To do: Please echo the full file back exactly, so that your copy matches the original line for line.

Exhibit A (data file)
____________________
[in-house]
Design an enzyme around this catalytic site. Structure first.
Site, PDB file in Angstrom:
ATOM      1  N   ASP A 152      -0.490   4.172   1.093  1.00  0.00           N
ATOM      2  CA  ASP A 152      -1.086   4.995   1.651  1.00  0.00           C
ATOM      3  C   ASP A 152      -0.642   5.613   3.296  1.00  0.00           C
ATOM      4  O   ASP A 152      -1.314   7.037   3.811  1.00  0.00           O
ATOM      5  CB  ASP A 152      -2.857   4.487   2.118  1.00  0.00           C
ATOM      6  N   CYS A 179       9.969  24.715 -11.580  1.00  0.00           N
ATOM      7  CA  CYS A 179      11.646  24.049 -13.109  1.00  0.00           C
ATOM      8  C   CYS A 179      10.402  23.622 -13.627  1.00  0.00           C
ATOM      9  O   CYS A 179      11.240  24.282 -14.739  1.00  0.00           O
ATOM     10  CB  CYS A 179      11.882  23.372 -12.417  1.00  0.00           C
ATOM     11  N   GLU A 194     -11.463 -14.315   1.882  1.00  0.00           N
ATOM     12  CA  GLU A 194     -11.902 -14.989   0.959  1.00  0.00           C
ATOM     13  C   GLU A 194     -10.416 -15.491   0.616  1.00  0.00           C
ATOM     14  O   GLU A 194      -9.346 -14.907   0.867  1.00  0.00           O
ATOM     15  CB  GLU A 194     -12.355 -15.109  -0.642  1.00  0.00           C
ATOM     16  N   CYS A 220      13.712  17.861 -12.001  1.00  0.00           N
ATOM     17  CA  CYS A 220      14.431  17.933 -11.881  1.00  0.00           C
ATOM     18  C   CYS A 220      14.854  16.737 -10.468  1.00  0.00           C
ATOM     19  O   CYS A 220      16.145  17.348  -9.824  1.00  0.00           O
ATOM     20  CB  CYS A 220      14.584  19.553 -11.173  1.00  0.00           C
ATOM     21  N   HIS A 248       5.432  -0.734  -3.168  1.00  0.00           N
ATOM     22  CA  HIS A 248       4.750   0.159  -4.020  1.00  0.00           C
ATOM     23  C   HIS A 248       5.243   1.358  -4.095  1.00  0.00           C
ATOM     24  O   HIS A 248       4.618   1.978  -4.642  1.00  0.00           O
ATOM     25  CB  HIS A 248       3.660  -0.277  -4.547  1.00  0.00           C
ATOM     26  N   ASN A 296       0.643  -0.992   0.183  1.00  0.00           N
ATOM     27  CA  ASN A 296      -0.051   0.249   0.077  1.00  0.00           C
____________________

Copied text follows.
[in-house]
Design an enzyme around this catalytic site. Structure first.
Site, PDB file in Angstrom:
ATOM      1  N   ASP A 152      -0.490   4.172   1.093  1.00  0.00           N
ATOM      2  CA  ASP A 152      -1.086   4.995   1.651  1.00  0.00           C
ATOM      3  C   ASP A 152      -0.642   5.613   3.296  1.00  0.00           C
ATOM      4  O   ASP A 152      -1.314   7.037   3.811  1.00  0.00           O
ATOM      5  CB  ASP A 152      -2.857   4.487   2.118  1.00  0.00           C
ATOM      6  N   CYS A 179       9.969  24.715 -11.580  1.00  0.00           N
ATOM      7  CA  CYS A 179      11.646  24.049 -13.109  1.00  0.00           C
ATOM      8  C   CYS A 179      10.402  23.622 -13.627  1.00  0.00           C
ATOM      9  O   CYS A 179      11.240  24.282 -14.739  1.00  0.00           O
ATOM     10  CB  CYS A 179      11.882  23.372 -12.417  1.00  0.00           C
ATOM     11  N   GLU A 194     -11.463 -14.315   1.882  1.00  0.00           N
ATOM     12  CA  GLU A 194     -11.902 -14.989   0.959  1.00  0.00           C
ATOM     13  C   GLU A 194     -10.416 -15.491   0.616  1.00  0.00           C
ATOM     14  O   GLU A 194      -9.346 -14.907   0.867  1.00  0.00           O
ATOM     15  CB  GLU A 194     -12.355 -15.109  -0.642  1.00  0.00           C
ATOM     16  N   CYS A 220      13.712  17.861 -12.001  1.00  0.00           N
ATOM     17  CA  CYS A 220      14.431  17.933 -11.881  1.00  0.00           C
ATOM     18  C   CYS A 220      14.854  16.737 -10.468  1.00  0.00           C
ATOM     19  O   CYS A 220      16.145  17.348  -9.824  1.00  0.00           O
ATOM     20  CB  CYS A 220      14.584  19.553 -11.173  1.00  0.00           C
ATOM     21  N   HIS A 248       5.432  -0.734  -3.168  1.00  0.00           N
ATOM     22  CA  HIS A 248       4.750   0.159  -4.020  1.00  0.00           C
ATOM     23  C   HIS A 248       5.243   1.358  -4.095  1.00  0.00           C
ATOM     24  O   HIS A 248       4.618   1.978  -4.642  1.00  0.00           O
ATOM     25  CB  HIS A 248       3.660  -0.277  -4.547  1.00  0.00           C
ATOM     26  N   ASN A 296       0.643  -0.992   0.183  1.00  0.00           N
ATOM     27  CA  ASN A 296      -0.051   0.249   0.077  1.00  0.00           C